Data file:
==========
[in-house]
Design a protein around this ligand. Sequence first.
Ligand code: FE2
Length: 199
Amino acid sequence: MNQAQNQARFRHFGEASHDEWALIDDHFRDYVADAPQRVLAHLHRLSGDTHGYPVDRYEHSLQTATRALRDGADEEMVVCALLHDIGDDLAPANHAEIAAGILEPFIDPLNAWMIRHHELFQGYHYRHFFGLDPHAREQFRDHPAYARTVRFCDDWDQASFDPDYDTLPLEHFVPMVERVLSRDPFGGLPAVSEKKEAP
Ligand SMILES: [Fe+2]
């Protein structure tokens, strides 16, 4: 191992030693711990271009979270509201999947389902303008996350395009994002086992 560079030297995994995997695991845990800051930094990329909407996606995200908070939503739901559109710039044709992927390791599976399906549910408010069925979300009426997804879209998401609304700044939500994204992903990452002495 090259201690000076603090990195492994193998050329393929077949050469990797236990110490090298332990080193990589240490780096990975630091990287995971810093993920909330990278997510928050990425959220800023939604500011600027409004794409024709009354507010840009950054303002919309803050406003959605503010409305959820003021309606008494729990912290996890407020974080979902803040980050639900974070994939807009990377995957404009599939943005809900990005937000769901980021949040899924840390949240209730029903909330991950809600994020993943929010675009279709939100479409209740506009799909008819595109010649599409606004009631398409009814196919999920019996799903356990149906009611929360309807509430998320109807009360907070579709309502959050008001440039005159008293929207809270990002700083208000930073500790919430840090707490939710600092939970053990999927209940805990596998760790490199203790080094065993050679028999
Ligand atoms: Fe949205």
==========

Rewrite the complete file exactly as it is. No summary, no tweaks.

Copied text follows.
[in-house]
Design a protein around this ligand. Sequence first.
Ligand code: FE2
Length: 199
Amino acid sequence: MNQAQNQARFRHFGEASHDEWALIDDHFRDYVADAPQRVLAHLHRLSGDTHGYPVDRYEHSLQTATRALRDGADEEMVVCALLHDIGDDLAPANHAEIAAGILEPFIDPLNAWMIRHHELFQGYHYRHFFGLDPHAREQFRDHPAYARTVRFCDDWDQASFDPDYDTLPLEHFVPMVERVLSRDPFGGLPAVSEKKEAP
Ligand SMILES: [Fe+2]
């Protein structure tokens, strides 16, 4: 191992030693711990271009979270509201999947389902303008996350395009994002086992 560079030297995994995997695991845990800051930094990329909407996606995200908070939503739901559109710039044709992927390791599976399906549910408010069925979300009426997804879209998401609304700044939500994204992903990452002495 090259201690000076603090990195492994193998050329393929077949050469990797236990110490090298332990080193990589240490780096990975630091990287995971810093993920909330990278997510928050990425959220800023939604500011600027409004794409024709009354507010840009950054303002919309803050406003959605503010409305959820003021309606008494729990912290996890407020974080979902803040980050639900974070994939807009990377995957404009599939943005809900990005937000769901980021949040899924840390949240209730029903909330991950809600994020993943929010675009279709939100479409209740506009799909008819595109010649599409606004009631398409009814196919999920019996799903356990149906009611929360309807509430998320109807009360907070579709309502959050008001440039005159008293929207809270990002700083208000930073500790919430840090707490939710600092939970053990999927209940805990596998760790490199203790080094065993050679028999
Ligand atoms: Fe949205």